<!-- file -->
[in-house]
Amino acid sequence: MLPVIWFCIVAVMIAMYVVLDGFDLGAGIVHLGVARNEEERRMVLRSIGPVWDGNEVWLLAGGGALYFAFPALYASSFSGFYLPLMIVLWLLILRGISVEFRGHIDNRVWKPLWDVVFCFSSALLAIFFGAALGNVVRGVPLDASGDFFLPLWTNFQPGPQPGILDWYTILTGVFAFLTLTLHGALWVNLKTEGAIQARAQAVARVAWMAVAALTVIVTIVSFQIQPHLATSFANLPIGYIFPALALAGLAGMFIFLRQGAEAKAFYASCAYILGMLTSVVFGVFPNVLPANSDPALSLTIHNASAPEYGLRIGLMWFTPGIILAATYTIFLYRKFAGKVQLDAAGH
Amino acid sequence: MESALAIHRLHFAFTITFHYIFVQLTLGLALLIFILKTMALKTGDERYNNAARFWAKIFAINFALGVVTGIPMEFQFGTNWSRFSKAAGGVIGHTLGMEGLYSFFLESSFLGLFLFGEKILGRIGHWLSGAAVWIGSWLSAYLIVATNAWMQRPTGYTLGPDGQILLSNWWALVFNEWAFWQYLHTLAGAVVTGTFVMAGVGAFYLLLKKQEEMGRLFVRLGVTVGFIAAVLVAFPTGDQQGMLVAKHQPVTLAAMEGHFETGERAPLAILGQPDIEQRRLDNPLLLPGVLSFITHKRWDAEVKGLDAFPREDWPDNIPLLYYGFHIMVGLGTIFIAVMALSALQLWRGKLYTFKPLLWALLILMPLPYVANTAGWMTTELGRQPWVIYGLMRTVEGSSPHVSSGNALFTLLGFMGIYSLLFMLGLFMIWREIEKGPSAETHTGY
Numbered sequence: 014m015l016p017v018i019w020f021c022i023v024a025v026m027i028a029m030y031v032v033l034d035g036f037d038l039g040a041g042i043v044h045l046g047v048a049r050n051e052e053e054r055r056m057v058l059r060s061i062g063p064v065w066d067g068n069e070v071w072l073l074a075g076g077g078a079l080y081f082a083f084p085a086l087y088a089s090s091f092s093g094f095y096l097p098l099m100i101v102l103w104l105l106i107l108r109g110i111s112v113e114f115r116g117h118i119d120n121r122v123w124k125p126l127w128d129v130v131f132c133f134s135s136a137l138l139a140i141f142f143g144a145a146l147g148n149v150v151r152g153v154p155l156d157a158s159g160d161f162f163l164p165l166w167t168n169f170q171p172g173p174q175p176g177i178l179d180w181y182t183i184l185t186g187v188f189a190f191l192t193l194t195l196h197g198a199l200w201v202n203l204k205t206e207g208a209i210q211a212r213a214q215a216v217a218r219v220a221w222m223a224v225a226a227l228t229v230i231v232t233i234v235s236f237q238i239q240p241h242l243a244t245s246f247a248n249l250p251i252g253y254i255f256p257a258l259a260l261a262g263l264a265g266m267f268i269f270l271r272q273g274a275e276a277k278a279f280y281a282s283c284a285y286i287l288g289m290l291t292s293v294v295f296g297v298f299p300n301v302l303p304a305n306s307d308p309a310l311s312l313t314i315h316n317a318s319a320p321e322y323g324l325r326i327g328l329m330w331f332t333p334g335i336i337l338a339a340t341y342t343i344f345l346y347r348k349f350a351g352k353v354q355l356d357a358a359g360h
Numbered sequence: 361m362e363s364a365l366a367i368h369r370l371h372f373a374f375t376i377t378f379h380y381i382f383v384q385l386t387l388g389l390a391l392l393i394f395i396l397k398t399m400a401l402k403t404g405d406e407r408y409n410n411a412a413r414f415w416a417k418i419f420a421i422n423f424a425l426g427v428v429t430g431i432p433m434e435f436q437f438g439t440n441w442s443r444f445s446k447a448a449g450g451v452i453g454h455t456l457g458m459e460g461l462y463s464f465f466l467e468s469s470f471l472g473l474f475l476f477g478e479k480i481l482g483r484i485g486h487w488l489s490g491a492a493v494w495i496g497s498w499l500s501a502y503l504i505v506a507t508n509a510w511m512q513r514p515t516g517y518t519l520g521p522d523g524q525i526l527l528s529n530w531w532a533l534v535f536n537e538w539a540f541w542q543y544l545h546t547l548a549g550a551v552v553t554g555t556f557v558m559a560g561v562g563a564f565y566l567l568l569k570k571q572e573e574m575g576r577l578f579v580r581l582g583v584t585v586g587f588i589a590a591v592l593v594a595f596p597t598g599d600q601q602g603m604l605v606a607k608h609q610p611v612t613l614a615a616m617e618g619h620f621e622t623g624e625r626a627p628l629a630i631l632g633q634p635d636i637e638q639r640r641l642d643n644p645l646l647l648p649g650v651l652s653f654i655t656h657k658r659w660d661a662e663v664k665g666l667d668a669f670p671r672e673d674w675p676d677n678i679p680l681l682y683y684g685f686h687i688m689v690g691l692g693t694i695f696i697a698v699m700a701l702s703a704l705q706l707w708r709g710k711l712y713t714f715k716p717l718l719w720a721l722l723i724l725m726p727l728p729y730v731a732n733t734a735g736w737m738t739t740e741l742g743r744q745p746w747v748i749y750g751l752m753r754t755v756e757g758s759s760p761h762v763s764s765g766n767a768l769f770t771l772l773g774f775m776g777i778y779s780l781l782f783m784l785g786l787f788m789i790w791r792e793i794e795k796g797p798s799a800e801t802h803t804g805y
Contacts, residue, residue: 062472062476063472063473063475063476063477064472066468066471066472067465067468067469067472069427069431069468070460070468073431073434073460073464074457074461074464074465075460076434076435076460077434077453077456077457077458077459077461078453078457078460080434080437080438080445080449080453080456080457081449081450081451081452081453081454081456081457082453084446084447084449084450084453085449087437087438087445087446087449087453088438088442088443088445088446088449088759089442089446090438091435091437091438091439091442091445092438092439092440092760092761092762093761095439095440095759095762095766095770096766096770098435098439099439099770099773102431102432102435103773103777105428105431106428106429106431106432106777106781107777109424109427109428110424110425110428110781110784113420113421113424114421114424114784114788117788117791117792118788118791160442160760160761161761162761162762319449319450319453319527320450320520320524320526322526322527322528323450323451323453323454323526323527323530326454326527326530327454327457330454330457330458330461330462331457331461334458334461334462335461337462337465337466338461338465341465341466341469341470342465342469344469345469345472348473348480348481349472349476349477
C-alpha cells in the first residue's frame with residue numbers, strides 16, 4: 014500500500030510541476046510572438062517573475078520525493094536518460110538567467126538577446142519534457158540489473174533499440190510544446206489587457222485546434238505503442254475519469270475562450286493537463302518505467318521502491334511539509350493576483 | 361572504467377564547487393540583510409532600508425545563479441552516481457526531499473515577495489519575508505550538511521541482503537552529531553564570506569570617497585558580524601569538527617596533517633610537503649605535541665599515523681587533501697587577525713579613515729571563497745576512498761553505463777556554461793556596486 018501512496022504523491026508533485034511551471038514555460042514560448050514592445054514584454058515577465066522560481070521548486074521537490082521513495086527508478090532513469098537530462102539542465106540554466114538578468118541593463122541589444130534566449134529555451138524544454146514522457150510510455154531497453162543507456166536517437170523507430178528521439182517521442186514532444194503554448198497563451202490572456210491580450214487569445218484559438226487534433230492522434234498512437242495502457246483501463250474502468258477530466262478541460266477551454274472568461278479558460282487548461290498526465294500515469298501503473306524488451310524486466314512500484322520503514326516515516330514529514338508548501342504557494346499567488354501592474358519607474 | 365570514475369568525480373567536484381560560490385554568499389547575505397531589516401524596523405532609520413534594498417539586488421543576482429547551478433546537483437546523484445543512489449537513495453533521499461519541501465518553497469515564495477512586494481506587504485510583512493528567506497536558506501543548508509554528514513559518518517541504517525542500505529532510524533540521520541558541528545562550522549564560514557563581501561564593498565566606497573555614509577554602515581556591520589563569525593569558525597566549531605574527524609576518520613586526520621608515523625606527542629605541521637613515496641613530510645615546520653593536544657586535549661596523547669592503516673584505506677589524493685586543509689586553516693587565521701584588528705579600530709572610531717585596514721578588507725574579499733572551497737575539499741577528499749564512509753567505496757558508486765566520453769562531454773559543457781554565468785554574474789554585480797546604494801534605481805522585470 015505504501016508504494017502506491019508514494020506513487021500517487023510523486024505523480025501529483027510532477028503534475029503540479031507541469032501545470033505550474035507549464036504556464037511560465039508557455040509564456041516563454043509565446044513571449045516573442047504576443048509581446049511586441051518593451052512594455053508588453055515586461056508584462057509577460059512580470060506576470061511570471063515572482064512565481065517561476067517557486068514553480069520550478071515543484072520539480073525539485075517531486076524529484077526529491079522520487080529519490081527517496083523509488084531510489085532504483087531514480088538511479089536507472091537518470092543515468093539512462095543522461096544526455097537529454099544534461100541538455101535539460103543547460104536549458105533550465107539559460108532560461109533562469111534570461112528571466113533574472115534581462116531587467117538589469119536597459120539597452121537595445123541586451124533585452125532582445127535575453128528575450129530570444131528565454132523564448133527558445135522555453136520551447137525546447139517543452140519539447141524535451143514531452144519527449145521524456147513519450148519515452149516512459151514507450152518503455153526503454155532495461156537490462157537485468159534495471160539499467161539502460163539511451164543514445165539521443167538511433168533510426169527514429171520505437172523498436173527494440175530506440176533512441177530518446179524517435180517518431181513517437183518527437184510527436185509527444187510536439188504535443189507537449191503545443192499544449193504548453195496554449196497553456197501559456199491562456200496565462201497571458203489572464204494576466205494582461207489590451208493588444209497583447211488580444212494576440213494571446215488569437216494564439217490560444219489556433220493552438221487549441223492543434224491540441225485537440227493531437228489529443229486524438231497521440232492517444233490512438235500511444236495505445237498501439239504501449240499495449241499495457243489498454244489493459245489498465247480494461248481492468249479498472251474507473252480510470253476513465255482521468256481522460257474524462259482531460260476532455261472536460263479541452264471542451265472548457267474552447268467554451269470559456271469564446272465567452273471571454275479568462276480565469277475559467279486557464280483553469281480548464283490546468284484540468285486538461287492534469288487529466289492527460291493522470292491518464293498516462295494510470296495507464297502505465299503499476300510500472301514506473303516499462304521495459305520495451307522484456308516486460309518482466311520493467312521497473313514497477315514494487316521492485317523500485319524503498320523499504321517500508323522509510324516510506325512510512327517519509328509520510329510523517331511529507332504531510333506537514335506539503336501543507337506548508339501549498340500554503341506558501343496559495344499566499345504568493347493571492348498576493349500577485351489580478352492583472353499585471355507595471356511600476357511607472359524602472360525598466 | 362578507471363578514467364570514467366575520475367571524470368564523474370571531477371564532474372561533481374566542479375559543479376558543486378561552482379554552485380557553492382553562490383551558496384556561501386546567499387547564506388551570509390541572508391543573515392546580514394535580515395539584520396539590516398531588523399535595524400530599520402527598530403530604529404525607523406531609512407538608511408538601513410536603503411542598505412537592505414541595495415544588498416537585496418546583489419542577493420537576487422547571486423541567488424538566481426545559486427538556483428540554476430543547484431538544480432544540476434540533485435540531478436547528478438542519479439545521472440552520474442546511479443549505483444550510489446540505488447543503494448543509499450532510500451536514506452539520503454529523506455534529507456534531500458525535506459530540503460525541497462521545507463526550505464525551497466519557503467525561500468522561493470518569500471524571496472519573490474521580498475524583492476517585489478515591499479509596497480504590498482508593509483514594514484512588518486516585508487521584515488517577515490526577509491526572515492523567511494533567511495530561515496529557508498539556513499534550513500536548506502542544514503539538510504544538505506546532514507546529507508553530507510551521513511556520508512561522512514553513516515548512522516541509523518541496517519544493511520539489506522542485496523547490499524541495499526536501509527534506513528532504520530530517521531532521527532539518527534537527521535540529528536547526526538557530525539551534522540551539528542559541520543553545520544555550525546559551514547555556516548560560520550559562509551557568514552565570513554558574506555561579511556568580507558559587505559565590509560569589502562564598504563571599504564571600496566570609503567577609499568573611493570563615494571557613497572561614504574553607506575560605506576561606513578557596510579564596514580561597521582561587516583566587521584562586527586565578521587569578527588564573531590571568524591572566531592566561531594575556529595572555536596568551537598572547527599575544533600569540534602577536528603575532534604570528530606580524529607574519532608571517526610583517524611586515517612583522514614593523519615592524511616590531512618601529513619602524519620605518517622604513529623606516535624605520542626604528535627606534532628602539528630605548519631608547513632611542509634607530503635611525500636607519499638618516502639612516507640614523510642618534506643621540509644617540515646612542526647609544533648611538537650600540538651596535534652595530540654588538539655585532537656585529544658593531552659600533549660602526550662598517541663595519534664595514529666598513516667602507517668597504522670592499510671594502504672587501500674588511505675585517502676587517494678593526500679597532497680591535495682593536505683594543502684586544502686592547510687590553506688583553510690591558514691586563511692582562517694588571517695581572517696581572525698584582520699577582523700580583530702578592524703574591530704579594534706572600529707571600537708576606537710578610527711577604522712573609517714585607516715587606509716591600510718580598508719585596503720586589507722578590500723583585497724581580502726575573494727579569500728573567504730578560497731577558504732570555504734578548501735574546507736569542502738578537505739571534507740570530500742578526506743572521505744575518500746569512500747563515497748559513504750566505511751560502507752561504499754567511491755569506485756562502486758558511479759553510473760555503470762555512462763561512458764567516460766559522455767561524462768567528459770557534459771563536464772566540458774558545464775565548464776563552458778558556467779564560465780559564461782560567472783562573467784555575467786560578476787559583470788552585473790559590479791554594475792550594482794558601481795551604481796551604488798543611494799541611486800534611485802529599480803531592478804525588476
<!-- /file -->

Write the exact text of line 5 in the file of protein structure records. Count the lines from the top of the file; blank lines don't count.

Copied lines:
Numbered sequence: 361m362e363s364a365l366a367i368h369r370l371h372f373a374f375t376i377t378f379h380y381i382f383v384q385l386t387l388g389l390a391l392l393i394f395i396l397k398t399m400a401l402k403t404g405d406e407r408y409n410n411a412a413r414f415w416a417k418i419f420a421i422n423f424a425l426g427v428v429t430g431i432p433m434e435f436q437f438g439t440n441w442s443r444f445s446k447a448a449g450g451v452i453g454h455t456l457g458m459e460g461l462y463s464f465f466l467e468s469s470f471l472g473l474f475l476f477g478e479k480i481l482g483r484i485g486h487w488l489s490g491a492a493v494w495i496g497s498w499l500s501a502y503l504i505v506a507t508n509a510w511m512q513r514p515t516g517y518t519l520g521p522d523g524q525i526l527l528s529n530w531w532a533l534v535f536n537e538w539a540f541w542q543y544l545h546t547l548a549g550a551v552v553t554g555t556f557v558m559a560g561v562g563a564f565y566l567l568l569k570k571q572e573e574m575g576r577l578f579v580r581l582g583v584t585v586g587f588i589a590a591v592l593v594a595f596p597t598g599d600q601q602g603m604l605v606a607k608h609q610p611v612t613l614a615a616m617e618g619h620f621e622t623g624e625r626a627p628l629a630i631l632g633q634p635d636i637e638q639r640r641l642d643n644p645l646l647l648p649g650v651l652s653f654i655t656h657k658r659w660d661a662e663v664k665g666l667d668a669f670p671r672e673d674w675p676d677n678i679p680l681l682y683y684g685f686h687i688m689v690g691l692g693t694i695f696i697a698v699m700a701l702s703a704l705q706l707w708r709g710k711l712y713t714f715k716p717l718l719w720a721l722l723i724l725m726p727l728p729y730v731a732n733t734a735g736w737m738t739t740e741l742g743r744q745p746w747v748i749y750g751l752m753r754t755v756e757g758s759s760p761h762v763s764s765g766n767a768l769f770t771l772l773g774f775m776g777i778y779s780l781l782f783m784l785g786l787f788m789i790w791r792e793i794e795k796g797p798s799a800e801t802h803t804g805y